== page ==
Keep your needle in the needle down position as you sew, and keep your eye on the point just ahead of where your needle is. Just as you would if you were walking - look where you're going, rather than down at your feet. If the fabric looks like it's about to pucker, stop (with the needle down), lift your presser foot and wriggle the fabrics around a little. You need to gently ease the fabrics to meet, don't pull or try to sew the seam flat like you would with 2 squares. This step is something best tried rather than explained. A good tip is to try on some scrap fabric first, so you don't mess up your good fabric.


When you've sewn all the way to the end your block will look a little like a crown.


Flip the arch back flat, and gently press, with the seam outwards towards the print fabric of the arch. If you have a pucker or 2 in the seam, you might be able to ease it out as you press, rubbing your fingernail over it. Just don't iron - press press press! If the pucker is particularly bad, just unpick with a seam ripper and try again. It might take you a couple of attempts before you manage it, but this is normal, so don't fret. The first time I sewed curves they were a disaster, I still don't enjoy them all that much but I can sew a nice smooth one (precise cutting thanks to the Big Shot definitely helps!)


Repeat with the other 11 blocks.

Arrange the squares and the sewn quarter circle blocks in 6 rows of 6. Play around with the layout until you have a configuration you like the look of.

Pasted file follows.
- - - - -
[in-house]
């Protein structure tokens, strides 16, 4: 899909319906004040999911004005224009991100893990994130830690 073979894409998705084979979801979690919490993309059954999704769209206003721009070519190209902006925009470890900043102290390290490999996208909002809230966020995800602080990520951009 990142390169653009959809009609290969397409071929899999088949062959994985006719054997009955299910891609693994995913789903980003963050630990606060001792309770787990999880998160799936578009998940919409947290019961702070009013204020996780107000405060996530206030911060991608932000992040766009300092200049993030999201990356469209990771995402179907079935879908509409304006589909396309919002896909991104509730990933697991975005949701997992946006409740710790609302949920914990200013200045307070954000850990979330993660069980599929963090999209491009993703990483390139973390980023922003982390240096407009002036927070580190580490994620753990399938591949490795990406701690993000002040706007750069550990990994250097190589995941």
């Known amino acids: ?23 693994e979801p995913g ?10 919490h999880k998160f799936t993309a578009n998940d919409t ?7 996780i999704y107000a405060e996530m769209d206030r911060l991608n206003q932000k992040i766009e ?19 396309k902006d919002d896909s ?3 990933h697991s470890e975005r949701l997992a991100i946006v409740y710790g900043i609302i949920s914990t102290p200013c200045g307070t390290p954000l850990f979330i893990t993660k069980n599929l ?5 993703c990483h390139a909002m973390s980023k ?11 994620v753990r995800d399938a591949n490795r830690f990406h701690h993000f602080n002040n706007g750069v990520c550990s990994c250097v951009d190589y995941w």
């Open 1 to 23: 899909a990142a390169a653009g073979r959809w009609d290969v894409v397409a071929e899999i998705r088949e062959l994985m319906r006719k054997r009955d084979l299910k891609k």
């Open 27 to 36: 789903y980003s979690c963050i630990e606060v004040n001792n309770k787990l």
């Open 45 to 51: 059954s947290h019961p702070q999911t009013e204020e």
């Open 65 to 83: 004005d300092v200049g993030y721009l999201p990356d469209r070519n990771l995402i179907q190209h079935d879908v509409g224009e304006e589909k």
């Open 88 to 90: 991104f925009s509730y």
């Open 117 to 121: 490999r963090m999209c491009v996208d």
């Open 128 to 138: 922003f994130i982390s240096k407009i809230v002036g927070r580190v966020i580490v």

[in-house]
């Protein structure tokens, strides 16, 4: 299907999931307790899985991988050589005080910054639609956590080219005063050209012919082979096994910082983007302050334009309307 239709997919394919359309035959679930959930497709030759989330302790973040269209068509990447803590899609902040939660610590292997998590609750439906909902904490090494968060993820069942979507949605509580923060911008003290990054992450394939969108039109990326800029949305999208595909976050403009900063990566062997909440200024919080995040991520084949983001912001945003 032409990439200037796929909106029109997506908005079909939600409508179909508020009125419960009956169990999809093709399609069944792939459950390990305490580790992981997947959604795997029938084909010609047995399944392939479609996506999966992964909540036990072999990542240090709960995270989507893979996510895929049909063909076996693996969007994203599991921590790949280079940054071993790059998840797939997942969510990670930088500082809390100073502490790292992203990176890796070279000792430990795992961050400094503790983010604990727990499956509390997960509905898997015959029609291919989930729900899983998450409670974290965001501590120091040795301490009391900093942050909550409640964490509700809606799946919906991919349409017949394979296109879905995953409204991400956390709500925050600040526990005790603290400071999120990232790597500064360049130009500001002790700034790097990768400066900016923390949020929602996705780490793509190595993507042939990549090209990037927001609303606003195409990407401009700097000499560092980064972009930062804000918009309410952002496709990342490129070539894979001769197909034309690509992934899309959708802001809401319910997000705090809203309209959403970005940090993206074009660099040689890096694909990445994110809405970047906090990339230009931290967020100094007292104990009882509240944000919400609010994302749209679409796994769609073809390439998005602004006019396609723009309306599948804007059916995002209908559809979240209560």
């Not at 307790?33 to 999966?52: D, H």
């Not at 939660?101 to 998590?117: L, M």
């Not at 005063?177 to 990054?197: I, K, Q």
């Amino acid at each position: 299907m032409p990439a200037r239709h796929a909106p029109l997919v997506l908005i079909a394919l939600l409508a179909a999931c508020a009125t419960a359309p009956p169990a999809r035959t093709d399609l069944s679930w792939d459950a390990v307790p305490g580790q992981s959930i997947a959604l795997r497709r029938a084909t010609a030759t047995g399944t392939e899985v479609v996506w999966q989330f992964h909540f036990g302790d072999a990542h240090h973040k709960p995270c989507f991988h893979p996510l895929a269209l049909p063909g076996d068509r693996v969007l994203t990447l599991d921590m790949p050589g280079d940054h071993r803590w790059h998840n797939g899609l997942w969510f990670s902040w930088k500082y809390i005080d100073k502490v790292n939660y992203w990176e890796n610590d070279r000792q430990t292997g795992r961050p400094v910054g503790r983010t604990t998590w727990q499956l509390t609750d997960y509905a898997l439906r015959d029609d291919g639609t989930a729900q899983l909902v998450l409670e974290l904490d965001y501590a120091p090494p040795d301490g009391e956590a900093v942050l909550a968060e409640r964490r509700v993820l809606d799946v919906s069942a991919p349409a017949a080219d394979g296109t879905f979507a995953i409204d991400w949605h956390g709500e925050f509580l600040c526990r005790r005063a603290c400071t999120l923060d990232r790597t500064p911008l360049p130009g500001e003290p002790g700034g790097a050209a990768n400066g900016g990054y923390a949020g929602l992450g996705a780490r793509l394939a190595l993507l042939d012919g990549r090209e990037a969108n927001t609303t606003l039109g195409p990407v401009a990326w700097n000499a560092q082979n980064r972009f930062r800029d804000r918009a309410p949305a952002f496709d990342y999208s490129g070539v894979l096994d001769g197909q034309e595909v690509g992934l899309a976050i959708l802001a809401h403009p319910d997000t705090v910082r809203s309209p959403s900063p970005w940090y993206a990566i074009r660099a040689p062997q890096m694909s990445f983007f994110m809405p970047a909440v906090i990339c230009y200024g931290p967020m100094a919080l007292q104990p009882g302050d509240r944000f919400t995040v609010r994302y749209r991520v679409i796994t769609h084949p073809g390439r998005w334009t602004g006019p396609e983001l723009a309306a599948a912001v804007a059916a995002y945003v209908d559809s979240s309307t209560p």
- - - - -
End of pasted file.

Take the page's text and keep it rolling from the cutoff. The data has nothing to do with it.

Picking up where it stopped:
As you sew each row, press the seams to your preferred direction. I pressed mine open, but pressing to the sides is usually recommended in patchwork and quilting as it makes for a stronger seam. If you are pressing to the side, press each even numbered row's seams in one direction (eg; to the left) and each of the odd numbered rows in the opposite direction (eg; to the right) so that the seams butt up against each other nicely and make it easier for you to match the points.

Now comes the difficult part - what do you want to make this into? A cushion, wall hanging, table topper or make more blocks and turn it into a quilt?


I added wadding and quilted my top (marking my quilting lines with a erasable pen) with a cross hatch design. I then added an envelope style opening and bound just like a quilt for a lovely big squishy cushion.

I hope you enjoyed this week's project and it has inspired you to give curves a try!

See you next week,



  1. You make it look so doable! I really must overcome my hesitancy of curves this year.

  2. Might just have to use this idea for a boy birthday present that is coming up - thanks Katy!

  3. I am determined to sew that block for my Craftsy BOM (from 2012), I will get it done now, you've made it look so easy, thx! : )

  4. I'm going to have a go at the drunkard's path. Sadly I don't have a Big Shot but it is on my list...
    Love the cushion!

  5. You must feel like you are in Land Of The Giants sat on your sofa!
    The cushion looks great x